BROWNSBURG, Ind. --
Q: When did you meet Rod Fuller?
TOMCHEK: I was contacted by Jeff Motley of Las Vegas Motor Speedway in the late spring/early summer of this year. Rod (Fuller) called me and discussed medical options for his upcoming ACL surgery, comparing the differences between having it done in Las Vegas or by various other specialists in the United States.
Q: When did you first work with Rod?
TOMCHEK: It was right after the race in Reading (Pa.) when his knee locked up before the final round at the rain delay. That's when I determined that he wasn't going to make it through the season without implementing a strength and conditioning program for his knee.
Q: When you first met Fuller how serious was the knee injury?
TOMCHEK: Speaking over the phone and discussing the surgery with Dr. Prochaska, we identified that it's a very common athletic injury. Since surgery wasn't imminent we had to enhance the strength that Rod had in the knee so he could maintain his lifestyle as a drag racer. We started a weekly routine to develop strength around the knee since he was deficient due to the ACL ligament injury.
Q: Take us through Rod's knee surgery?
TOMCHEK: The surgery was common in athletics. The one good thing with Rod is that he's an athlete. He's very strong and driven to work out in the weight room. It was beneficial for his recovery that he was able to develop and maintain a high level of strength in the muscles that surround the knee. In addition to the ACL he also had medial and lateral meniscus tears. It's not uncommon, but adds to the severity of the injury.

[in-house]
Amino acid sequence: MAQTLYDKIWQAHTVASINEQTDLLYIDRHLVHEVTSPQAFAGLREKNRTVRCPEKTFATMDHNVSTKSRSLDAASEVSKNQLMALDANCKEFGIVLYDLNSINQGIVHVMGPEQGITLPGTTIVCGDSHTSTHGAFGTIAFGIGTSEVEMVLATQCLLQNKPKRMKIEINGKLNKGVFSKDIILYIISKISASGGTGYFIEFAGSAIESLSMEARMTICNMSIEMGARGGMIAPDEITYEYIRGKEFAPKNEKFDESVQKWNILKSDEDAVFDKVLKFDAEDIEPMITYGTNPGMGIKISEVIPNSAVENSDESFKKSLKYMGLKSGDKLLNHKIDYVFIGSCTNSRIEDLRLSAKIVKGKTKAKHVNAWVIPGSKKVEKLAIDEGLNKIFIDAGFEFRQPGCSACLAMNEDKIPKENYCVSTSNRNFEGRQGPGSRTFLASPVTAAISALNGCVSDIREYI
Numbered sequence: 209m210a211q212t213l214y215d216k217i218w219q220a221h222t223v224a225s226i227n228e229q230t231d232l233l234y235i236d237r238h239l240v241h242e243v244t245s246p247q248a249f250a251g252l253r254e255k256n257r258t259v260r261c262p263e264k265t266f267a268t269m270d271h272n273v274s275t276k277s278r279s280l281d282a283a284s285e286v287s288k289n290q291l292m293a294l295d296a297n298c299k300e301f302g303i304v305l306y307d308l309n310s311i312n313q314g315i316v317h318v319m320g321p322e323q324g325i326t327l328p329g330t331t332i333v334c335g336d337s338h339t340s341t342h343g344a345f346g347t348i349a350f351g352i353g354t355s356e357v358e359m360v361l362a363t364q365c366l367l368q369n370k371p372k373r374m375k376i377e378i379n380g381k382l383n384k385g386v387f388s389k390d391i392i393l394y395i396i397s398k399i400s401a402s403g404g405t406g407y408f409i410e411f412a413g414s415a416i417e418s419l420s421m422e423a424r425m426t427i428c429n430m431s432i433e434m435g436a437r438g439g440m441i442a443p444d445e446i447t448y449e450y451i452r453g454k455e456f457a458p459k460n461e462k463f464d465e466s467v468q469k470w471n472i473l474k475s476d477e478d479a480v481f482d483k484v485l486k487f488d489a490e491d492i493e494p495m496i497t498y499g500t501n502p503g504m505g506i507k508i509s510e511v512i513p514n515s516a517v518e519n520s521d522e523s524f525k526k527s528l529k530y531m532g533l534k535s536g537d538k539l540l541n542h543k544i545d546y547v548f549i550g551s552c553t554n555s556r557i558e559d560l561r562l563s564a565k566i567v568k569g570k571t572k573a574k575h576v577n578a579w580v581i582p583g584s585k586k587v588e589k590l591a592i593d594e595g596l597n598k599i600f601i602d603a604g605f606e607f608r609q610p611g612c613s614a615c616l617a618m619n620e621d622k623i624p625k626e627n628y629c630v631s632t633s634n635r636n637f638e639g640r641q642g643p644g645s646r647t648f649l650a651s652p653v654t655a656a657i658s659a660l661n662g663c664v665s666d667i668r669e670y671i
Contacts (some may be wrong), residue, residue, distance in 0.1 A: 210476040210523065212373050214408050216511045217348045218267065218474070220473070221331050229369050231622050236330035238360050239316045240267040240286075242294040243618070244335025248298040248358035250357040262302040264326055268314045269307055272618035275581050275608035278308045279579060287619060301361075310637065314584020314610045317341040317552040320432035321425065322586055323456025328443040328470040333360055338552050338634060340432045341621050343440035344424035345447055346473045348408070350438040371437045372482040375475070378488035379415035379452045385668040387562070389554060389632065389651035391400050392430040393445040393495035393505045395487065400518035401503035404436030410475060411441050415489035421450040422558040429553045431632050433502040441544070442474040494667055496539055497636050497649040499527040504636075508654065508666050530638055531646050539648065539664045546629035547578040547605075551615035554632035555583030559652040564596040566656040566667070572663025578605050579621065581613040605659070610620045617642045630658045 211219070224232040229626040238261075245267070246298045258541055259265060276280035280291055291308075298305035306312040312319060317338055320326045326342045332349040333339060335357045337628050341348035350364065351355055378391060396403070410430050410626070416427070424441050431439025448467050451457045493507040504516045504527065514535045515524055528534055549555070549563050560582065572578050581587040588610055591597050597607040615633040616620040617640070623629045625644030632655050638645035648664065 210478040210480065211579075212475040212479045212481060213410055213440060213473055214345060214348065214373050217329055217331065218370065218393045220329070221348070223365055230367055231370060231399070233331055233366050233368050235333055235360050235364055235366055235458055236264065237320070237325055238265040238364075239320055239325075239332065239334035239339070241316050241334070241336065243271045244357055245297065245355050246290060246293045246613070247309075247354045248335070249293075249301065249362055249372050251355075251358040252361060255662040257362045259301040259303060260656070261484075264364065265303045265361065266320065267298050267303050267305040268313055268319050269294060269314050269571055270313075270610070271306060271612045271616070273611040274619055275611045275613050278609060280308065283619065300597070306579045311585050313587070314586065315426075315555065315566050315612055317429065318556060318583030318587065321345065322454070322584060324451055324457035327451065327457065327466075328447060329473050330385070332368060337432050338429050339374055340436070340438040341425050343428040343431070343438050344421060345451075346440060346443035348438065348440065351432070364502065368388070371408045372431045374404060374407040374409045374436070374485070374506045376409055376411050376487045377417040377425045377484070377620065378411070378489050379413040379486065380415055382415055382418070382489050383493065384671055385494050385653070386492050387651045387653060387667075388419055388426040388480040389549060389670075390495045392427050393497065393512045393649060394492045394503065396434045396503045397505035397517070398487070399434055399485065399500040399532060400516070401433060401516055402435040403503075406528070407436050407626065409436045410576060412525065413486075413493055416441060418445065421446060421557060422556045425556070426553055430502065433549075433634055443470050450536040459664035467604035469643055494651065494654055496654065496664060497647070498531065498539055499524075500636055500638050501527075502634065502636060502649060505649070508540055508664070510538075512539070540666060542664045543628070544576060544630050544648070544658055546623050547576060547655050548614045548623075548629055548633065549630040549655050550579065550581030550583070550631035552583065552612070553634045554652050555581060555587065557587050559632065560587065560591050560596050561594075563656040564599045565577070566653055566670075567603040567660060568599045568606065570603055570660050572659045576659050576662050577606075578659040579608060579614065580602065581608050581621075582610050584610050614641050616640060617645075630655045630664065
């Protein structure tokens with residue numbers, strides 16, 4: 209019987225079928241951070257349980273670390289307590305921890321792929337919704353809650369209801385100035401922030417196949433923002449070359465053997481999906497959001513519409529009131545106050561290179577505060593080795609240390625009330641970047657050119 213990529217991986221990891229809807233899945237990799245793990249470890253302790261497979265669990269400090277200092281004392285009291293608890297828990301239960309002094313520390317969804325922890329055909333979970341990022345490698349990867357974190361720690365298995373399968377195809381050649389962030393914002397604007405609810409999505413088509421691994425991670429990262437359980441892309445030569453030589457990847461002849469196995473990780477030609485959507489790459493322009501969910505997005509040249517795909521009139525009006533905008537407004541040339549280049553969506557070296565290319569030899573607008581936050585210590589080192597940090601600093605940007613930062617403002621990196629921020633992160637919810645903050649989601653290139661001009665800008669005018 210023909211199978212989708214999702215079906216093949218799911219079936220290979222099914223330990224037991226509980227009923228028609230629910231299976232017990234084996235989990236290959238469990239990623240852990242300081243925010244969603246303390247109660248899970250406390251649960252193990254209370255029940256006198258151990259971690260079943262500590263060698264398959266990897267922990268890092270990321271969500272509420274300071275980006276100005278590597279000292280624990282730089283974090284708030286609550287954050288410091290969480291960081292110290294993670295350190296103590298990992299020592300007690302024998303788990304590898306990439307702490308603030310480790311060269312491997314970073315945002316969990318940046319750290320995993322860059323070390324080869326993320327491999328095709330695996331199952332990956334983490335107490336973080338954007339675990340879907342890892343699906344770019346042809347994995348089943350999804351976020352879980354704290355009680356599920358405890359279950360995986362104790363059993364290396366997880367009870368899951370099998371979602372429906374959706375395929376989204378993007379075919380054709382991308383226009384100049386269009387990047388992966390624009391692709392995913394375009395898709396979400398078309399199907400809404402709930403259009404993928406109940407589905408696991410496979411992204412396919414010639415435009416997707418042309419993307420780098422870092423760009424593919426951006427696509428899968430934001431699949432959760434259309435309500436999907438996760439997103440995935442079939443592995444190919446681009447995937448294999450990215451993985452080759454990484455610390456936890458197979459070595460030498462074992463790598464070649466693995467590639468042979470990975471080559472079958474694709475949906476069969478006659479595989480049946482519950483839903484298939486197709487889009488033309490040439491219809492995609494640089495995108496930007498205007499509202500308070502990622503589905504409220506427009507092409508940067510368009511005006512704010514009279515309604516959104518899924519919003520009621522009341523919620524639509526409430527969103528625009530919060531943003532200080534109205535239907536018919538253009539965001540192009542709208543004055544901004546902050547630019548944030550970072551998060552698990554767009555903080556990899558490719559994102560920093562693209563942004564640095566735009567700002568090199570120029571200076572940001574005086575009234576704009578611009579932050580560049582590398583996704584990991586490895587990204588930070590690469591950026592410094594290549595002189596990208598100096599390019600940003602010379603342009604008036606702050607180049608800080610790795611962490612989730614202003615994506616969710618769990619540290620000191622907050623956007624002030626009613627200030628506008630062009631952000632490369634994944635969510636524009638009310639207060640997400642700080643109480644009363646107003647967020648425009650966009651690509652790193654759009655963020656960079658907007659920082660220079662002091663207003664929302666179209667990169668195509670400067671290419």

TOMCHEK: The surgery, as it stands, has been successful. The concern you have with surgery is that you have to let the body heal. Typically, for this type of surgery you're looking at a three-four month healing process. In Rod's situation, we had only two months before he had to get in the car for testing. So, we accelerated his rehab for an increased sense of urgency in range of motion, flexibility and strength.
Q: How is Rod handling the rehab process?
TOMCHEK: The one good thing about Rod is that he's athletic. He has as much will power and drive as anyone I've ever met. He never shies away from doing any exercise that we ask of him. The downside to Rod is that he knows where he has to go and we don't have the time, so he gets impatient because he wants to be better yesterday. He's gung ho and wants to do as much as he can. We have to take it slow because the body is still healing.
Injuries like these aren't common in racing, but they do happen and it's not just with drivers. The NHRA may need to step up its conditioning program like NASCAR has. They NHRA should have an athletic trainer available at the track. Rod is high profile because he's a driver, but it could happen to a crew member also. It's not a typical stick and ball sport, but these injuries can happen and need to be take care of.
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